Kalief Browder, Timothy Tyrone Foster and the failures of the criminal justice system

Kalief Browder, 1993-2015
Kalief Browder, 1993-2015

This week, Kalief Browder’s all too brief life came to an end when he committed suicide. If I had greater faith in this country’s position as a moral bastion, I wouldn’t be able to believe his tragic story. Kalief, just 22 when he died, was held in jail for three years without trial starting at the age of 16 for stealing a backpack, a charge he vigorously denied. He suffered in jail all that time partly because his family could not afford bail, and after all that his case was dismissed. He spent about two of those years in solitary confinement, a practice that most reasonable people recognize as torture. The conditions he faced were reprehensible: 

The beatings he suffered at the jail were captured on video that became public in April. In one incident, Mr. Browder is brutally assaulted by a guard; in another, he is attacked and beaten by a gang of inmates. He tried to kill himself several times. According to a lawsuit filed against the city on his behalf, his condition was made immeasurably worse by guards who sometimes denied him meals, medical care and bathing privileges — and fabricated disciplinary infractions to extend his stay in isolation.

As Ta-Nehisi Coates wrote, Browder’s story is a reminder that we mustn’t lose touch with the personal impacts of these brutal policies and the responsibility our society bears:

The numbers which people like me bring forth to convey the problems of our justice system are decent tools. But what the numbers can’t convey is what the justice system does to the individual black body. Kalief Browder was an individual, which is to say he was a being with his own passions, his own particular joys, his own strange demons, his own flaws, his own eyes, his own mouth, his own original hands. His family had their own particular stories of him. His friends must remember him in their own original way. The senseless destruction of this individual must necessarily be laid at the feet of the citizens of New York, because it was done by our servants, and it was done in our name.

Jennifer Gonnerman, who first brought Browder’s story to the world in a New Yorker article last year, shared a sad and touching remembrance.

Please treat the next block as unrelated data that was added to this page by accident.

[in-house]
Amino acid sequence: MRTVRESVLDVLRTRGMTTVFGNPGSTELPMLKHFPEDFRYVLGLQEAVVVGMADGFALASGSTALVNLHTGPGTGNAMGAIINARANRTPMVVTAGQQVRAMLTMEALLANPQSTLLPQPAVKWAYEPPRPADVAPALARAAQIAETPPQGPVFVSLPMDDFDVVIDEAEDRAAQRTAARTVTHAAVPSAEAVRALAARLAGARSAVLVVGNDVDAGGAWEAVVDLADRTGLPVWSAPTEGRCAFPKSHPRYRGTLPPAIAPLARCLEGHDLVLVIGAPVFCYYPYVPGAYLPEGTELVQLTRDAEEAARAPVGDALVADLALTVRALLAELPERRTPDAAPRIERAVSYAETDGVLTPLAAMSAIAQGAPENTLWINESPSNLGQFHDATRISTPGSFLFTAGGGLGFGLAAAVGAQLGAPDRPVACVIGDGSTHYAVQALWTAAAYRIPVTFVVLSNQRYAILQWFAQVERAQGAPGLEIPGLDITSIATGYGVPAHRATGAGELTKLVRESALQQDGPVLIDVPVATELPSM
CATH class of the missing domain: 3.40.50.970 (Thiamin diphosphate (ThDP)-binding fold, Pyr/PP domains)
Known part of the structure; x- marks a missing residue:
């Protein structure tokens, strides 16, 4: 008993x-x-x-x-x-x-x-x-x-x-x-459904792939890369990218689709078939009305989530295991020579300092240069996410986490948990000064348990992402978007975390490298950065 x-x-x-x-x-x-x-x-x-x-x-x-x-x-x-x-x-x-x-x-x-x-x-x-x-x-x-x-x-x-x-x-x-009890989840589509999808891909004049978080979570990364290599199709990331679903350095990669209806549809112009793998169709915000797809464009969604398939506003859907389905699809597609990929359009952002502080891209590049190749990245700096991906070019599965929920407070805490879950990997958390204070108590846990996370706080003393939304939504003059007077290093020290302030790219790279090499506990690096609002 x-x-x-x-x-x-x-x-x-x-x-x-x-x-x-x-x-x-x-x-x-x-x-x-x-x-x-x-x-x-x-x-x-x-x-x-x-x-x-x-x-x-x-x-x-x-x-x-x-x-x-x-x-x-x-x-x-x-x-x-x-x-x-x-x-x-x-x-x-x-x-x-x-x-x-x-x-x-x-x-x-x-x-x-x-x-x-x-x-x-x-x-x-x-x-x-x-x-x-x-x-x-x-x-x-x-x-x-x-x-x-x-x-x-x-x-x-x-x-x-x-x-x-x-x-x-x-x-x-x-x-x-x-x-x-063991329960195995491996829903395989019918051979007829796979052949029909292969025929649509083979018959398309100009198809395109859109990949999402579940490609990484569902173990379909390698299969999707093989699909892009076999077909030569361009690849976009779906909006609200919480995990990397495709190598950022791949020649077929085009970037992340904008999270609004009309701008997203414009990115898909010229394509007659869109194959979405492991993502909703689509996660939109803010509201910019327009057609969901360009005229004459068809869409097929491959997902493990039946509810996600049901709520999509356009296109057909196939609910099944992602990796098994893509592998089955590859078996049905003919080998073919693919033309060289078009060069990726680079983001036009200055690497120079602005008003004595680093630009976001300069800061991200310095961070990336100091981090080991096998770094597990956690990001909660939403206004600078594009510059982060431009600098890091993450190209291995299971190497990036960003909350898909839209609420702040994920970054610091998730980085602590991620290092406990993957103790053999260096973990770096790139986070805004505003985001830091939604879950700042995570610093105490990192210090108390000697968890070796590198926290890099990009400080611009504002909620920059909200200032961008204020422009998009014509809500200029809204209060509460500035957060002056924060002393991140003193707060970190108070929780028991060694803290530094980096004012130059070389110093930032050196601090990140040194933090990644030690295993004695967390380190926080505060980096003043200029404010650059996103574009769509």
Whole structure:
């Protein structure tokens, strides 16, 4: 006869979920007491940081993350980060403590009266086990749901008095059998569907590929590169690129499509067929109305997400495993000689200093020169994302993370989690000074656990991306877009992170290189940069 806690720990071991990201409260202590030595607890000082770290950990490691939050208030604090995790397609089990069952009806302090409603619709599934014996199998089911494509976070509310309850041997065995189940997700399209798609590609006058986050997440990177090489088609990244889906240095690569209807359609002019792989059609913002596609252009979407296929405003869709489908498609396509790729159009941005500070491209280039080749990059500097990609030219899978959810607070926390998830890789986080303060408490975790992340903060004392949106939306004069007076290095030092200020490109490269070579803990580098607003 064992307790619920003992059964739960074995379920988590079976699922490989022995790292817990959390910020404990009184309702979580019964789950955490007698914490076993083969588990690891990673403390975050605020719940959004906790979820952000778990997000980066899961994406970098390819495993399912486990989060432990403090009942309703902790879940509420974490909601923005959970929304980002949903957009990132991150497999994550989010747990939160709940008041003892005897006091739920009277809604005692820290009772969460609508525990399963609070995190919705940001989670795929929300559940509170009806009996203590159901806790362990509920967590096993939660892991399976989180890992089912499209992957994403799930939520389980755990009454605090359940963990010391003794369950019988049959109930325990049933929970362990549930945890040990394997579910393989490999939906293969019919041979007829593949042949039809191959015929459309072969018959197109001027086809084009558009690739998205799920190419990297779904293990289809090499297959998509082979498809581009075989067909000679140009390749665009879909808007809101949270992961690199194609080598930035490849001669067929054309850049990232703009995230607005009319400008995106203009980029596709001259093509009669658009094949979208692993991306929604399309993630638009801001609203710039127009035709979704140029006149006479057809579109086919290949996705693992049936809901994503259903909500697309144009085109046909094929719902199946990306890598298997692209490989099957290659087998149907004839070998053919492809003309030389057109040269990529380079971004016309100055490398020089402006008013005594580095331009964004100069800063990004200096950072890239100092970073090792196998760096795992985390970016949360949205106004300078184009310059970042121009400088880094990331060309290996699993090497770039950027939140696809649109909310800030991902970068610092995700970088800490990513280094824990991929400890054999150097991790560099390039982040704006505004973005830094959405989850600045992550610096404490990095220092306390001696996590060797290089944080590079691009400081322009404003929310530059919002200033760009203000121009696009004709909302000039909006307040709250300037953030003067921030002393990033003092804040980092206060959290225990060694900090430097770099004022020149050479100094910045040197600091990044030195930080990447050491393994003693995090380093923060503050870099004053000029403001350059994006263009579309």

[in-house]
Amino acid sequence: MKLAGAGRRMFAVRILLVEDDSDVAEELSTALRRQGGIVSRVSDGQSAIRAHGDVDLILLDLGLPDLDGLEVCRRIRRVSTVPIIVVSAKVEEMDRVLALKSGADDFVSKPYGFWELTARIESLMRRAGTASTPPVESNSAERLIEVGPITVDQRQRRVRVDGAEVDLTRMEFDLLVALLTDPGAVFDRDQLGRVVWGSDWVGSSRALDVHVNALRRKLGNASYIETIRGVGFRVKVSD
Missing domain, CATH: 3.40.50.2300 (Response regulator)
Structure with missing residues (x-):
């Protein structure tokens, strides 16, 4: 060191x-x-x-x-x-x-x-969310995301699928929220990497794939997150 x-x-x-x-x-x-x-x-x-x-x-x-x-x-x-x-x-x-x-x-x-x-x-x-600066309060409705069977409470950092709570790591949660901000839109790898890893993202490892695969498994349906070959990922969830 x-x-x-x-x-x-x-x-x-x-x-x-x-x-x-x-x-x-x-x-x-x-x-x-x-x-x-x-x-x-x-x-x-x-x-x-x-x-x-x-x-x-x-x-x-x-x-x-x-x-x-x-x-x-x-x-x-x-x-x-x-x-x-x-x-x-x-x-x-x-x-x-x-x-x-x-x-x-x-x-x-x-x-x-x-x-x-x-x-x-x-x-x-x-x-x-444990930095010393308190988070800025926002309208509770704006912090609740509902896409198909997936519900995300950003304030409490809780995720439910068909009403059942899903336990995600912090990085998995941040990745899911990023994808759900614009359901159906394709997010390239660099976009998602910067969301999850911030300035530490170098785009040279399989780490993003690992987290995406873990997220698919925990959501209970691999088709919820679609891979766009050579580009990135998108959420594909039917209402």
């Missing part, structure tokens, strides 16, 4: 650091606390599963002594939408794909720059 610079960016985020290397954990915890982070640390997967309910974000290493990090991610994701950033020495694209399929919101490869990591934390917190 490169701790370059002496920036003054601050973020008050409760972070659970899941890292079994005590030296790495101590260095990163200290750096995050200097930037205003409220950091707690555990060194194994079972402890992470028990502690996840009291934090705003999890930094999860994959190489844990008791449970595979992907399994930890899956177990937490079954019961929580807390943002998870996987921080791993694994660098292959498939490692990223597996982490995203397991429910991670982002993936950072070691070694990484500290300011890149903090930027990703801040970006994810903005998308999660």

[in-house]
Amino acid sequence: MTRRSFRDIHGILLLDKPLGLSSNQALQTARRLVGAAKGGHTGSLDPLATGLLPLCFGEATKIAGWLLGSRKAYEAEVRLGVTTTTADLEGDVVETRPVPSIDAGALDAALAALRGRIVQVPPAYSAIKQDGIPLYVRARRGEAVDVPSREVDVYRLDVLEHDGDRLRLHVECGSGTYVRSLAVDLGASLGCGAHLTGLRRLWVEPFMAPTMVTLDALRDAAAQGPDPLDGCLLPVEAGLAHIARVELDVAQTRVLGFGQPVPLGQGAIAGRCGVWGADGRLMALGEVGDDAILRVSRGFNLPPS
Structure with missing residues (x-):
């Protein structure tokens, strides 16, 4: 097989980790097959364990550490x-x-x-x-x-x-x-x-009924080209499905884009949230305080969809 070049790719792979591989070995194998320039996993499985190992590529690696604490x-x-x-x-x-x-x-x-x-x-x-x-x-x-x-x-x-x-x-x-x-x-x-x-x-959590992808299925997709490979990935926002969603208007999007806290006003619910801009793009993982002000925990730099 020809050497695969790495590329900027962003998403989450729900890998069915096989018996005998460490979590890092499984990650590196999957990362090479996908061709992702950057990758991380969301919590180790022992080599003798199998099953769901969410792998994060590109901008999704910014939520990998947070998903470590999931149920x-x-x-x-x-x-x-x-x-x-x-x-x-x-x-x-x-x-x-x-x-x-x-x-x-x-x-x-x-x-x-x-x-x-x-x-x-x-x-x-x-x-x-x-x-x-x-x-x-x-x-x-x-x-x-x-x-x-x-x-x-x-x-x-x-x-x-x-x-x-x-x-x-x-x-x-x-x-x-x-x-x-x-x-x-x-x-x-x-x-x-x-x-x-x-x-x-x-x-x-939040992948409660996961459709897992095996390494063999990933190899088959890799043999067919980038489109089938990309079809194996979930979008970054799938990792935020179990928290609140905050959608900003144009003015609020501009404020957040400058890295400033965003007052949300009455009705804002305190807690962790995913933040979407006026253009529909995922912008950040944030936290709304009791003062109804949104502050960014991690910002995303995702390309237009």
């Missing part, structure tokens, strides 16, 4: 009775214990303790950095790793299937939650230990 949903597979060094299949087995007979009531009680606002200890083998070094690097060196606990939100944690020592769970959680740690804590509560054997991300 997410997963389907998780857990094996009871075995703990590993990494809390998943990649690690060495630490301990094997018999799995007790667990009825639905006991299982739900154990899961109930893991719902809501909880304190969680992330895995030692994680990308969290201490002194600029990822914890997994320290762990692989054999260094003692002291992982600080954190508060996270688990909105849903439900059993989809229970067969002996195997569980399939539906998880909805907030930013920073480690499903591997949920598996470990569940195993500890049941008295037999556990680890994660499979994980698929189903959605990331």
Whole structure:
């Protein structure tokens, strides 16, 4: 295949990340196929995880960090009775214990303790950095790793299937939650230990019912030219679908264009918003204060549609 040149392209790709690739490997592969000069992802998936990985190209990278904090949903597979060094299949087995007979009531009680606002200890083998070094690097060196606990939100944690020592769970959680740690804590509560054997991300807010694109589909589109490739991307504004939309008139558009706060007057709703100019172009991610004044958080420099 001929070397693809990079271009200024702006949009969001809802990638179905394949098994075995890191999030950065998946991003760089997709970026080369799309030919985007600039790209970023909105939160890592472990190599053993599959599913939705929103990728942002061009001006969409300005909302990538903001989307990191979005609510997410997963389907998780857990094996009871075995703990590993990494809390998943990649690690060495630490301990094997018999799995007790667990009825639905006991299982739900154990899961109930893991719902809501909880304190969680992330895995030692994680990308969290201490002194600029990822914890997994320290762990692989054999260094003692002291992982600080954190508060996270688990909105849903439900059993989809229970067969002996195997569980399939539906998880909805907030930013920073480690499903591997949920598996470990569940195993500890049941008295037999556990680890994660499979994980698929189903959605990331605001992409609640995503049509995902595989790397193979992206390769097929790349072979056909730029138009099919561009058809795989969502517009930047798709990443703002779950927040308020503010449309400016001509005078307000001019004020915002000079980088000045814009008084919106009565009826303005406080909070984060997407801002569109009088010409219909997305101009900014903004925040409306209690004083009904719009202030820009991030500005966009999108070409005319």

Browder faced a litany of abuses that contributed to his psychological trauma. He was subjected to those partially because of a bail system that essentially punishes people for being poor. John Oliver tore apart this system and the human consequences on his show last week:

Death is also looming over Timothy Tyrone Foster, though thanks to a court challenge the state of Georgia hasn’t been able to deliver on that threat. Foster  is a black man who was sentenced to death by an all-white jury in 1987. He’s now arguing for a new trial before the Supreme Court because he argues that the prosecution deliberately struck four eligible black jurors. It turns out that striking jurors on the basis of race is currently rather easy to do. An earlier court case required justifications for dismissals if it was believed they were deemed to be on the basis of race, but those requirements are easy to circumvent:

[Justice Thurgood] Marshall’s skepticism was quickly vindicated. As soon as Batson was decided, prosecutors started coming up with tactics to evade it. In a 1987 training video that became notorious when it was leaked years later, Jack McMahon, an assistant district attorney in Philadelphia, told new prosecutors, “When you do have a black jury, you question them at length. And on this little sheet that you have, mark something down that you can articulate later. . . . You may want to ask more questions of those people so it gives you more ammunition to make an articulable reason as to why you are striking them, not for race.”

A consensus soon formed that the Batson remedy was toothless. In a 1996 opinion, an Illinois appellate judge, exasperated by “the charade that has become the Batson process,” catalogued some of the flimsy reasons for striking jurors that judges had accepted as “race-neutral”: too old, too young; living alone, living with a girlfriend; over-educated, lack of maturity; unemployed, employed as a barber; and so on. The judge joked, “New prosecutors are given a manual, probably entitled, ‘Handy Race-Neutral Explanations’ or ‘20 Time-Tested Race-Neutral Explanations.’

Some experts have suggested that an important first step is to track the racial makeup of juries, in the way that police track traffic stops. As Gilad Edelman points out in his New Yorker piece, “Batson is a reminder that a legal system formally blind to race is just as often blind to racism.”

Kalief Browder and Timothy Tyrone Foster’s tragic fates aren’t anomalies. They are signs of systemic problems that are wreaking havoc on people’s lives. We cannot afford to stay blind to them any longer.

Author: Rebecca Griffin

I am a passionate advocate for progressive causes with over a decade of experience organizing for social change. That organizing experience informs the way I look at the world and the challenges we face in working toward social justice. I started Of Means and Ends to write about social issues I care about and share my thoughts on how we organize in a smart, strategic way. Please visit and join the conversation.

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